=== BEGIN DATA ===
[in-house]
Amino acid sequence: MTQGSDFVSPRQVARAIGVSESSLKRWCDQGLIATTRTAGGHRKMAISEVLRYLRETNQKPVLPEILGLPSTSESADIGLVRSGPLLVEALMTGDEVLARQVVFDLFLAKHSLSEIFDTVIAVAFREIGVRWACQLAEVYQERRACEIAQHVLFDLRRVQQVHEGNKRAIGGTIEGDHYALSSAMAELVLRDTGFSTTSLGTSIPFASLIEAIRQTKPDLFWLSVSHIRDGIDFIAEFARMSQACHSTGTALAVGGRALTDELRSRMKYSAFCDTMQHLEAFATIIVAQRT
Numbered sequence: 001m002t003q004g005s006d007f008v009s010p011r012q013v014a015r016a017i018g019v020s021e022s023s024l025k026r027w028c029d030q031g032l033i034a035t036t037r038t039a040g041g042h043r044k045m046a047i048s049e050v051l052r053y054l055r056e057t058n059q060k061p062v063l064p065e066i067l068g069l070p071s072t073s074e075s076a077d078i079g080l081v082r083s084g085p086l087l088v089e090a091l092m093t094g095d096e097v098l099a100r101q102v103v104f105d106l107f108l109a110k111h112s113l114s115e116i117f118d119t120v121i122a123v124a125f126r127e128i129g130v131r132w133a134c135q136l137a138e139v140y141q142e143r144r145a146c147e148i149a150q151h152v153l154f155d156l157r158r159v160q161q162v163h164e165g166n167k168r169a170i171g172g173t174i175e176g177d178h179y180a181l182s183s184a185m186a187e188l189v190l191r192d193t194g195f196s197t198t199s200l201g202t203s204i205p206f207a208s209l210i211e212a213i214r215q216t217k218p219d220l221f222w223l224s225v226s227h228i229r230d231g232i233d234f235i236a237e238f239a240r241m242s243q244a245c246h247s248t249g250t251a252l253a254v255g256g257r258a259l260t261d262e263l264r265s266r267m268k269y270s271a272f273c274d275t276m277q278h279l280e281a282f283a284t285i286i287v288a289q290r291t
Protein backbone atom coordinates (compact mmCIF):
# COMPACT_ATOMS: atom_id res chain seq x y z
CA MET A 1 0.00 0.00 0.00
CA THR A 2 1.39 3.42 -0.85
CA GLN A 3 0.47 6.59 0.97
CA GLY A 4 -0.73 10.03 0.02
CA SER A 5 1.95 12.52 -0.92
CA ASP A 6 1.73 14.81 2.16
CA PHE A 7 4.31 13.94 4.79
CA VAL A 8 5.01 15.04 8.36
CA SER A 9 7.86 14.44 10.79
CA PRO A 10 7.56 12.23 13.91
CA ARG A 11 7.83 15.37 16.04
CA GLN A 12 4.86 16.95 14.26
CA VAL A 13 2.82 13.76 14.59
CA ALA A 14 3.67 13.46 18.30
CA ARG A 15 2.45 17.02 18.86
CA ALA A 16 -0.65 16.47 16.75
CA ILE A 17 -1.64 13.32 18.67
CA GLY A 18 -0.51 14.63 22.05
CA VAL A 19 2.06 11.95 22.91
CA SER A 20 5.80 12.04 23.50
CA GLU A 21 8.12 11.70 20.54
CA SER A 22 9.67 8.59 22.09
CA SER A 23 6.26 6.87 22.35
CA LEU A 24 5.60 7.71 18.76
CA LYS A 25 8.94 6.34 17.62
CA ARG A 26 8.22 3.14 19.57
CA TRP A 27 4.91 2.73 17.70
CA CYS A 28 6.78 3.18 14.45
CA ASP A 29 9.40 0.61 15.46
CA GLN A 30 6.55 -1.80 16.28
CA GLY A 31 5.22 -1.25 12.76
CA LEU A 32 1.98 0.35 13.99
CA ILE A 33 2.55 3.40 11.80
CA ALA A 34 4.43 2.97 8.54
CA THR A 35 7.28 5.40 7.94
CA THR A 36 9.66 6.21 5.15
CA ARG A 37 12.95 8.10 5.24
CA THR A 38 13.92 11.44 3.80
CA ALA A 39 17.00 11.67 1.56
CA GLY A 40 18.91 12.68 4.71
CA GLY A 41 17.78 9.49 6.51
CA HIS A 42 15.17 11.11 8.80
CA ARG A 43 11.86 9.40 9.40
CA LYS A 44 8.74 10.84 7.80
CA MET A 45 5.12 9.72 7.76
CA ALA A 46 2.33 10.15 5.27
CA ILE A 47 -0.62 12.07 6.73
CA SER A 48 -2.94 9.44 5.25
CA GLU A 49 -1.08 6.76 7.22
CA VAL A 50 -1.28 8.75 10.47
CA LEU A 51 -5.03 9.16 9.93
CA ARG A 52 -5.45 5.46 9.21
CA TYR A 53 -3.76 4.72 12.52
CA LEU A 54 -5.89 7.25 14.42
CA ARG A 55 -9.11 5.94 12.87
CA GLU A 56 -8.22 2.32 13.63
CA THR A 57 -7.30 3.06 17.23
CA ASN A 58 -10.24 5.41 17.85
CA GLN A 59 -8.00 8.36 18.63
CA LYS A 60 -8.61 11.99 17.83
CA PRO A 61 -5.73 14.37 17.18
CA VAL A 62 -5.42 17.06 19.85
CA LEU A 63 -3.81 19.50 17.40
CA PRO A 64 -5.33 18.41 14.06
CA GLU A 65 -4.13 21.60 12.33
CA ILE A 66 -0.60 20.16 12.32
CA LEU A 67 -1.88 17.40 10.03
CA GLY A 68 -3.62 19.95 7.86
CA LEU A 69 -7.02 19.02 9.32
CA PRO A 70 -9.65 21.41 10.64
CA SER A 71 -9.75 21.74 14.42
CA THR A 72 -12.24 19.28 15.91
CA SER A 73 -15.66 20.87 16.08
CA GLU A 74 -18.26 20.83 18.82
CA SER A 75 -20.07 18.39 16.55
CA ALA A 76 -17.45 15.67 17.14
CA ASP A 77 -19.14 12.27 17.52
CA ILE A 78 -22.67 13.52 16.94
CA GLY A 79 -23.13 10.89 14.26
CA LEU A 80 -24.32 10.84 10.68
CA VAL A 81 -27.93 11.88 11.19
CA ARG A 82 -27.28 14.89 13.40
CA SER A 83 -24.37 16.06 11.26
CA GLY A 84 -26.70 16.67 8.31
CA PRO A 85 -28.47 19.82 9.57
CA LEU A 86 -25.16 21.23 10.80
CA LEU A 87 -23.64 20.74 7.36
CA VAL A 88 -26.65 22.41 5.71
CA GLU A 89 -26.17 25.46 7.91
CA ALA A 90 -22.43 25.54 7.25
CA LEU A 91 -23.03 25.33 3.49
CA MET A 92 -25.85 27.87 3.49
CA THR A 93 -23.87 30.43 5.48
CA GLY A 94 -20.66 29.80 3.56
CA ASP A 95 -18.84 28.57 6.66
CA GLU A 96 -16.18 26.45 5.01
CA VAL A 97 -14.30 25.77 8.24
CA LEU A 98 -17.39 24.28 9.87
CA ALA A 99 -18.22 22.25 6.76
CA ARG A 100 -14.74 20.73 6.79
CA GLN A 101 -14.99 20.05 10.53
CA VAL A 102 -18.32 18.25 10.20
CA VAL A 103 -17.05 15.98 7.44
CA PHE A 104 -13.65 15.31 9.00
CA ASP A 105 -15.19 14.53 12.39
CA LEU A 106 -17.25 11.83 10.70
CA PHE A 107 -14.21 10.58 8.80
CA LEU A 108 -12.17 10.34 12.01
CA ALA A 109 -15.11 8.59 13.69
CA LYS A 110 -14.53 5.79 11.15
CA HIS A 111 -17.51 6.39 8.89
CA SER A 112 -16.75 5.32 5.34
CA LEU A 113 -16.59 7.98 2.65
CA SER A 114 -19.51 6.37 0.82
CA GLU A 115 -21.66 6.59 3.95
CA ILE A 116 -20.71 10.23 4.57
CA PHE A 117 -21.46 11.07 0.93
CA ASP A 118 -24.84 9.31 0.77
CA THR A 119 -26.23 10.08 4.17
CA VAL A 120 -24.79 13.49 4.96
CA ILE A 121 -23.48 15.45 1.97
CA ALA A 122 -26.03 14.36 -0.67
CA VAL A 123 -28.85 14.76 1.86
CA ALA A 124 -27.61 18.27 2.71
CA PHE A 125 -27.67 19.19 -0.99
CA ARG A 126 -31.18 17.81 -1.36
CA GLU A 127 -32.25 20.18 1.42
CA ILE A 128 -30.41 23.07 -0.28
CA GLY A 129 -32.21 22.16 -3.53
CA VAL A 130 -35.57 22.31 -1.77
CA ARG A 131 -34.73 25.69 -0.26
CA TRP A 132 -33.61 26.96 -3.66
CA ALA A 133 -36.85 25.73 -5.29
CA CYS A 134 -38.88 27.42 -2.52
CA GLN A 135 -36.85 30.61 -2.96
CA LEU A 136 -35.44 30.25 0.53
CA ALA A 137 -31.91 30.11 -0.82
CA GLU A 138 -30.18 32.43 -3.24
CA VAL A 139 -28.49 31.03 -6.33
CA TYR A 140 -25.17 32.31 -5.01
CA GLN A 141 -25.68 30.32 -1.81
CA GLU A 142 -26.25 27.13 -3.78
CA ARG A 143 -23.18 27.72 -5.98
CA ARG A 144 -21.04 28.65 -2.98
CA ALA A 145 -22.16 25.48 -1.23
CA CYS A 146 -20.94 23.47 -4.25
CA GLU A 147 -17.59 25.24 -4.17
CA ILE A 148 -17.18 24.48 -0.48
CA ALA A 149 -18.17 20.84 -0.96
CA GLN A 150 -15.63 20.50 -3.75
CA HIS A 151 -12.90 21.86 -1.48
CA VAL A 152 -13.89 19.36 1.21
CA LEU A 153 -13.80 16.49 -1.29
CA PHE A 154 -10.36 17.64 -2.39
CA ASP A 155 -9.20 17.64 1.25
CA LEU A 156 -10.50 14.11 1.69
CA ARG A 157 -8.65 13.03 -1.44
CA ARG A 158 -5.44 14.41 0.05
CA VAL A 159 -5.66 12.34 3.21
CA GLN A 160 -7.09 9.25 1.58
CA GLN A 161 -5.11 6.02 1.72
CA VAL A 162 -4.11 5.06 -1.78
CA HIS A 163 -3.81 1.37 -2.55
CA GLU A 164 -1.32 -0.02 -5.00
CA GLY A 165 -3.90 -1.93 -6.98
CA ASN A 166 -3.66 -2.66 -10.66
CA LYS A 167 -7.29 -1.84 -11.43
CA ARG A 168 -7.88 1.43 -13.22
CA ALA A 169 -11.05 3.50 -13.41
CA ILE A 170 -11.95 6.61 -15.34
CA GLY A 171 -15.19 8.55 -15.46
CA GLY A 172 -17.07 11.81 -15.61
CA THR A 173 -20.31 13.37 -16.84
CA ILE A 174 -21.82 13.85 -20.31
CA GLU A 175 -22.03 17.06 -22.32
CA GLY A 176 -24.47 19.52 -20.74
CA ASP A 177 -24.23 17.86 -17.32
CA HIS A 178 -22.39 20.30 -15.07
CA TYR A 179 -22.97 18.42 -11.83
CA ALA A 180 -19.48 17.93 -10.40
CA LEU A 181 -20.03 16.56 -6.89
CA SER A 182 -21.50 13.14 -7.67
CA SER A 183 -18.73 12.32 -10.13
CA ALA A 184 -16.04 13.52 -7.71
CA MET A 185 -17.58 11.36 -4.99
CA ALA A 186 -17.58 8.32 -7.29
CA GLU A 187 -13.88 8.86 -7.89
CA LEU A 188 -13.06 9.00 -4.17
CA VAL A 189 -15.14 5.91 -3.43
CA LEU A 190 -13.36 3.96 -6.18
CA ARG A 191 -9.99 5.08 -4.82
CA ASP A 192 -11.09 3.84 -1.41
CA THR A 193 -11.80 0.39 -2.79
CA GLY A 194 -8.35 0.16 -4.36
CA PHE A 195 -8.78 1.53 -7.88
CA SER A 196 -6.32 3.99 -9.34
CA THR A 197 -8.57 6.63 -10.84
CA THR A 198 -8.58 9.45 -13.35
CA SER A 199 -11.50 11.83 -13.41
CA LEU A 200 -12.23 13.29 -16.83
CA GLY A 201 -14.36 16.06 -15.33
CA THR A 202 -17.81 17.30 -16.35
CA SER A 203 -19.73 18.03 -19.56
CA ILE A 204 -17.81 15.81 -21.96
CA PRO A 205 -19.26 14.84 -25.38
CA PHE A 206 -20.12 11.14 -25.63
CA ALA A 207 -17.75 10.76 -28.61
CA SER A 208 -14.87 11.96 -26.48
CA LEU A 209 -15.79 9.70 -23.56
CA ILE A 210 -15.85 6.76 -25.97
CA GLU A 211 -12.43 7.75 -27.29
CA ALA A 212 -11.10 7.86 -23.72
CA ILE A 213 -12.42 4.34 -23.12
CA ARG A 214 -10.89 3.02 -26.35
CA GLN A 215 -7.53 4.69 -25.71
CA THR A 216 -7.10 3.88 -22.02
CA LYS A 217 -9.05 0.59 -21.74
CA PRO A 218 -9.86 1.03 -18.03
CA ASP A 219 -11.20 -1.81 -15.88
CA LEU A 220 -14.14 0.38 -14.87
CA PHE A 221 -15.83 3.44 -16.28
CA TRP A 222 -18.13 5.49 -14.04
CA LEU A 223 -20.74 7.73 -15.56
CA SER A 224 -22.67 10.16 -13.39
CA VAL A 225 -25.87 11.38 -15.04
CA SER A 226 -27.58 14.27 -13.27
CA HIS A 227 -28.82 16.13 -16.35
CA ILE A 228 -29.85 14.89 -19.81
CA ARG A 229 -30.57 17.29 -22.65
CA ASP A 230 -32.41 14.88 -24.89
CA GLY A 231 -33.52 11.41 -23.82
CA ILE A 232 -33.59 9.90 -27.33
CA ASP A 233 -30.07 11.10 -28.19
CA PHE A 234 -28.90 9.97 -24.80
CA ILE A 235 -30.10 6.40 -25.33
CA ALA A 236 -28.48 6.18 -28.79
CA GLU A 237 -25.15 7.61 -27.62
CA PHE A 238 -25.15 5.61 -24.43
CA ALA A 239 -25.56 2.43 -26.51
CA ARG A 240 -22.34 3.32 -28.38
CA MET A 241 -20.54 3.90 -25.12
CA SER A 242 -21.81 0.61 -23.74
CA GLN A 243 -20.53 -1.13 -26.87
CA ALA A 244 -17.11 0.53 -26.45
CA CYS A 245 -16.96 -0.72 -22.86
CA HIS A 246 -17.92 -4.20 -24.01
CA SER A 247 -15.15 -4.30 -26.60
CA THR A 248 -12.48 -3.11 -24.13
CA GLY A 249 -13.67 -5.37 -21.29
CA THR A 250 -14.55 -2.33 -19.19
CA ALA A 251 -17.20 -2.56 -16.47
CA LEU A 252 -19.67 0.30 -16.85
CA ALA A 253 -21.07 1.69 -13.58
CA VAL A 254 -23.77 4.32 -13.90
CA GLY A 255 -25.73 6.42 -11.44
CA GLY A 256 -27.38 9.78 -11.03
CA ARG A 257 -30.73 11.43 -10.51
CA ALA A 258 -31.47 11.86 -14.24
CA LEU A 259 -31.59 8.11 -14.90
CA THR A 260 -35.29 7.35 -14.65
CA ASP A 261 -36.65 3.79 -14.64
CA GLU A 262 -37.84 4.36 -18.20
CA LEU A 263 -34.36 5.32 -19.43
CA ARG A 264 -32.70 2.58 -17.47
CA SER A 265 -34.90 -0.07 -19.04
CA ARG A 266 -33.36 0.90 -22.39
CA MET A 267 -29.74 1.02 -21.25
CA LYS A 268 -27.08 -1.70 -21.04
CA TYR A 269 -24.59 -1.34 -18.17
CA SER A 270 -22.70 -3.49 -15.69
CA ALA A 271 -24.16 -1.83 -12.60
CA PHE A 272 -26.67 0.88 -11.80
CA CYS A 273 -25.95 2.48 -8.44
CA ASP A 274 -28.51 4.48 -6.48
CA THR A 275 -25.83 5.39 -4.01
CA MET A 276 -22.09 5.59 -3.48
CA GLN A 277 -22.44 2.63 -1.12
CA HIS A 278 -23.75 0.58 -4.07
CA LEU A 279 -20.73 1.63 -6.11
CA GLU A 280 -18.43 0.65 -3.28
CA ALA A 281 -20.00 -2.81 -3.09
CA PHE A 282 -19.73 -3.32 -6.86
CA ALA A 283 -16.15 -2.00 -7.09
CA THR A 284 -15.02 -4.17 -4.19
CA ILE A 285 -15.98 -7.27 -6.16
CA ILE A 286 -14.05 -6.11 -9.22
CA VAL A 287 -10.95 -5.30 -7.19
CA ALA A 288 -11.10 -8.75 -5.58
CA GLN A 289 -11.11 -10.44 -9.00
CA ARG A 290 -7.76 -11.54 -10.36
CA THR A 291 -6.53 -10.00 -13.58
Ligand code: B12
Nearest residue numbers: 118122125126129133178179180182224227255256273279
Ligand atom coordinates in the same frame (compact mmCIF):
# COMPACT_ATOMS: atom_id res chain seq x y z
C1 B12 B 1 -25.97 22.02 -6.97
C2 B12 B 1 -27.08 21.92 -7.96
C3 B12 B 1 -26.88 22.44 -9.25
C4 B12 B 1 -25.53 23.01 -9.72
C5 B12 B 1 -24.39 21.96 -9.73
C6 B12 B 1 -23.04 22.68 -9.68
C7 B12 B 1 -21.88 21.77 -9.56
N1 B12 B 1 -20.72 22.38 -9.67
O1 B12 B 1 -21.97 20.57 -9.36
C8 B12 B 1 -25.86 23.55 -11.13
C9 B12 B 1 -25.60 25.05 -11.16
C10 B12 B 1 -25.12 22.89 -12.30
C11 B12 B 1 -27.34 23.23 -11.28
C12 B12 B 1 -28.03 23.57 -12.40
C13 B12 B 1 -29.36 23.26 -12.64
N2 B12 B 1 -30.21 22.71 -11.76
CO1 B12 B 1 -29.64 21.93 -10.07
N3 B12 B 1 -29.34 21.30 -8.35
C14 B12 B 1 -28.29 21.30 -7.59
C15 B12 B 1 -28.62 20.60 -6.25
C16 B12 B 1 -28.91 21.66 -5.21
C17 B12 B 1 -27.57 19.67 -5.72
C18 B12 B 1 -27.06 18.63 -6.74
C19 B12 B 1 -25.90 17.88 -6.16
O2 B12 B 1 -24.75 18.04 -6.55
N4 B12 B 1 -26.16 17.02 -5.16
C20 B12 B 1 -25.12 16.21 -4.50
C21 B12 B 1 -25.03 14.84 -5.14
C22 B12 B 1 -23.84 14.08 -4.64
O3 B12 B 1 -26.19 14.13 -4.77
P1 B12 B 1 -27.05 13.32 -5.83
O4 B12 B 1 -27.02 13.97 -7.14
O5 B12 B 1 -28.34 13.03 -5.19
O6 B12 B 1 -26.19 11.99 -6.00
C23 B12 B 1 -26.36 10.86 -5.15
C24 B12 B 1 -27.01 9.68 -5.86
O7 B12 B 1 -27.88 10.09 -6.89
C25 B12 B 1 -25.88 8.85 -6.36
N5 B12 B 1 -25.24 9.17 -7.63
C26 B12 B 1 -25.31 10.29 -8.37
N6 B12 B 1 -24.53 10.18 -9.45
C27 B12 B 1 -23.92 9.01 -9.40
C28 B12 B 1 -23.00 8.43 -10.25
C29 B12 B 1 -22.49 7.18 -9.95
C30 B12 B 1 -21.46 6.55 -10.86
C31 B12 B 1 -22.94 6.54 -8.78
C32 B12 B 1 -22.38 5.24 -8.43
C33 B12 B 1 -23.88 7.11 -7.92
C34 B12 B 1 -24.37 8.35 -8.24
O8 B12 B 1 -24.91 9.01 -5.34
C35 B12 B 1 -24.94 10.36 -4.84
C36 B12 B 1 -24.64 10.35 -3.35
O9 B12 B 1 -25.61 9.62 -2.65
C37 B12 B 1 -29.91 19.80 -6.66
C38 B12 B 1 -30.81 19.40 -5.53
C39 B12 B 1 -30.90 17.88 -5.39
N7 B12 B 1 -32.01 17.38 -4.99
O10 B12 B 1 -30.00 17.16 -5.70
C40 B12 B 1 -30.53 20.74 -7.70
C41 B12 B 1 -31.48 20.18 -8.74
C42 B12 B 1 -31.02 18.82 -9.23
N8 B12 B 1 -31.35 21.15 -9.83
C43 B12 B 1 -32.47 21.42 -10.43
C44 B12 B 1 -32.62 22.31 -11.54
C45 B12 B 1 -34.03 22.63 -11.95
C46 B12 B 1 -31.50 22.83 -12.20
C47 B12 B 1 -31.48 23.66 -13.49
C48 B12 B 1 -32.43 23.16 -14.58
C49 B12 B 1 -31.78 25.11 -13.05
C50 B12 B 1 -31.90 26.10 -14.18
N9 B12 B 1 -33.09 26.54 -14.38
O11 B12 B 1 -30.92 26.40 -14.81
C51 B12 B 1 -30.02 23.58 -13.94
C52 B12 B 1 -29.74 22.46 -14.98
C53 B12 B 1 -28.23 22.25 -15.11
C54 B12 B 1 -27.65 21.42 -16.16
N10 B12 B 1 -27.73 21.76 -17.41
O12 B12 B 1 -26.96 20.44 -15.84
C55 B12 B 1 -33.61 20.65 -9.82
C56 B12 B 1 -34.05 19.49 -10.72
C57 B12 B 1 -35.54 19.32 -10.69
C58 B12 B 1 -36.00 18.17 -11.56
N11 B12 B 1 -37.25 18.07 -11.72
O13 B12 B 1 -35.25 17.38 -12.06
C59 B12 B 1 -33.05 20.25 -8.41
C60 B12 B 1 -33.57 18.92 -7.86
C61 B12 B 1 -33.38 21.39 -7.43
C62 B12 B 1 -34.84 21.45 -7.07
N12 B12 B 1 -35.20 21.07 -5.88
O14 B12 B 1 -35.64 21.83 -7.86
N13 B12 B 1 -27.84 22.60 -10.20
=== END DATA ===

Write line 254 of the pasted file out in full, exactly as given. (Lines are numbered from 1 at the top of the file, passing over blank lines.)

CA GLY A 249 -13.67 -5.37 -21.29